if he’s correct, that would give the southernmost region of spain an iq like that of greece, while the average iq of people in one of the largest northern regions is more like that of poland or hungary.

so, maybe there is a north vs. south iq division in spain like the one found in italy (although the existence of that one has been disputed).

previously: españa al norte frente al sur

update: see also the reluctant apostate’s awesome maps of italy and spain’s pisa scores, which are awesome (the maps, that is, not necessarily the scores). (~_^)

update 08/03/12: frank is doubtful that there is a north-south divide in pisa scores in spain. the numbers say differently (latitudes grabbed from geohack):

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a while ago, hail wrote an interesting post about astrology and how there might be a little something to it.

i’ve thought this, too, from time to time — that there might be a kernel truth or “folk wisdom” at the bottom of all the astrology hocus-pocus nonsense. clearly our fates are not written in the stars — and i highly, highly doubt that our personalities are affected by the positions of the planets when we are born (unless there’s some really weird, quantum physics, interconnectedness sh*t going on…).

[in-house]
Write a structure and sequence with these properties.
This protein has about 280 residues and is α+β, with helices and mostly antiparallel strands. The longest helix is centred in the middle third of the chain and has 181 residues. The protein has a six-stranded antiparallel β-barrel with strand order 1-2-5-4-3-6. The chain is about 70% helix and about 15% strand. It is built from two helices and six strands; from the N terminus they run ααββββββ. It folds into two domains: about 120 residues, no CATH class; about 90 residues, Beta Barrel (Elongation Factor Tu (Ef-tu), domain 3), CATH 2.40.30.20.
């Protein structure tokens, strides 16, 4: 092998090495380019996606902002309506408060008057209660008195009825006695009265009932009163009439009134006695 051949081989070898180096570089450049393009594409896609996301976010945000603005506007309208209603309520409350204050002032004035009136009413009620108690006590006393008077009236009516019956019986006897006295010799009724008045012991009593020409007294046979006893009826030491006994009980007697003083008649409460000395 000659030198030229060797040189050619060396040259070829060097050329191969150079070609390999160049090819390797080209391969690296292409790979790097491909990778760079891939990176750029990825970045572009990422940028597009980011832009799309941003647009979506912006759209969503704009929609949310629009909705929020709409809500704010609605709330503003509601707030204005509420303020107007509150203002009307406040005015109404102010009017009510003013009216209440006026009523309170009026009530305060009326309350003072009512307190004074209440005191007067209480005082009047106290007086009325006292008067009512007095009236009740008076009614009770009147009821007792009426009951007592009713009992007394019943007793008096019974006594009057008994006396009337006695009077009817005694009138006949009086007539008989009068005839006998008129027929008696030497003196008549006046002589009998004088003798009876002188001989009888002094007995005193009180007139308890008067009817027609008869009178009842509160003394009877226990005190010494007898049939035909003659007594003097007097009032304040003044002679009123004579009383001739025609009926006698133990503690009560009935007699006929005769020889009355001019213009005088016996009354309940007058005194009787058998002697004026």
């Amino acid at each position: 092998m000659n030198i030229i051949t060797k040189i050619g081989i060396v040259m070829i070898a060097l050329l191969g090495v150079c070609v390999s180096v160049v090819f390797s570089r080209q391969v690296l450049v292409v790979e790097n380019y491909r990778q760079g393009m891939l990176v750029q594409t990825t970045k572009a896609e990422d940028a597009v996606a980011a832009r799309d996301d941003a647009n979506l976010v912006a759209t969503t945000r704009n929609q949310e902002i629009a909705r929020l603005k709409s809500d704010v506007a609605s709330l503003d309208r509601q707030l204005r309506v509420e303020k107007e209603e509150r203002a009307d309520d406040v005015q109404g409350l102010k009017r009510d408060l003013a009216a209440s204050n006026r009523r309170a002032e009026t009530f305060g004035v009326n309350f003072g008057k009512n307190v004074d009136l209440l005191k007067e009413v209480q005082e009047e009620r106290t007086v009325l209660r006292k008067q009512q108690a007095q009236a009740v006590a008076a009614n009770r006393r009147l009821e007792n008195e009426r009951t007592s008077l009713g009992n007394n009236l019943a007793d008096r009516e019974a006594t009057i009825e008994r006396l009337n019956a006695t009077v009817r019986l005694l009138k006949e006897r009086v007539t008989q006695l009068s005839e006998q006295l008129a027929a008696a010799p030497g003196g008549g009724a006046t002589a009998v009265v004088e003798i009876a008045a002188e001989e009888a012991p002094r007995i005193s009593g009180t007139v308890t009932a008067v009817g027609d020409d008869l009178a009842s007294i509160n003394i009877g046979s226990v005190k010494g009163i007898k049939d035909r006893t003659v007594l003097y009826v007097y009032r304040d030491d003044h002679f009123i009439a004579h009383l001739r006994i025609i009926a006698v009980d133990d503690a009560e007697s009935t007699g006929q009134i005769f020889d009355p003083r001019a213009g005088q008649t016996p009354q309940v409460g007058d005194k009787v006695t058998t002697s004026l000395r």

no. what i think that people over the ages might have noticed is that there are some differences in the frequencies of personality types and|or psychological conditions depending on what time of the year people are born.

for instance: “Studies have indicated that children born during certain times of the year (winter and early spring) have a higher than normal incidence of schizophrenia.”

if das volk happened to notice over the centuries that more joan-of-arc type people were born in late winter, they may have sought an explanation. that they latched on to a wrong one just shows how most people don’t think logically and scientifically — but they may have noticed some genuine patterns out there!

the other interesting astrological system is the chinese one which varies over the course of 12 (or 48) years. i’ve wondered for a long time if this is somehow connected to the length of generations in humans (especially if women in a society start giving birth at around the age of 12) — each generation following the next behaving somewhat differently from its predecessor. ?? dunno. just wondering.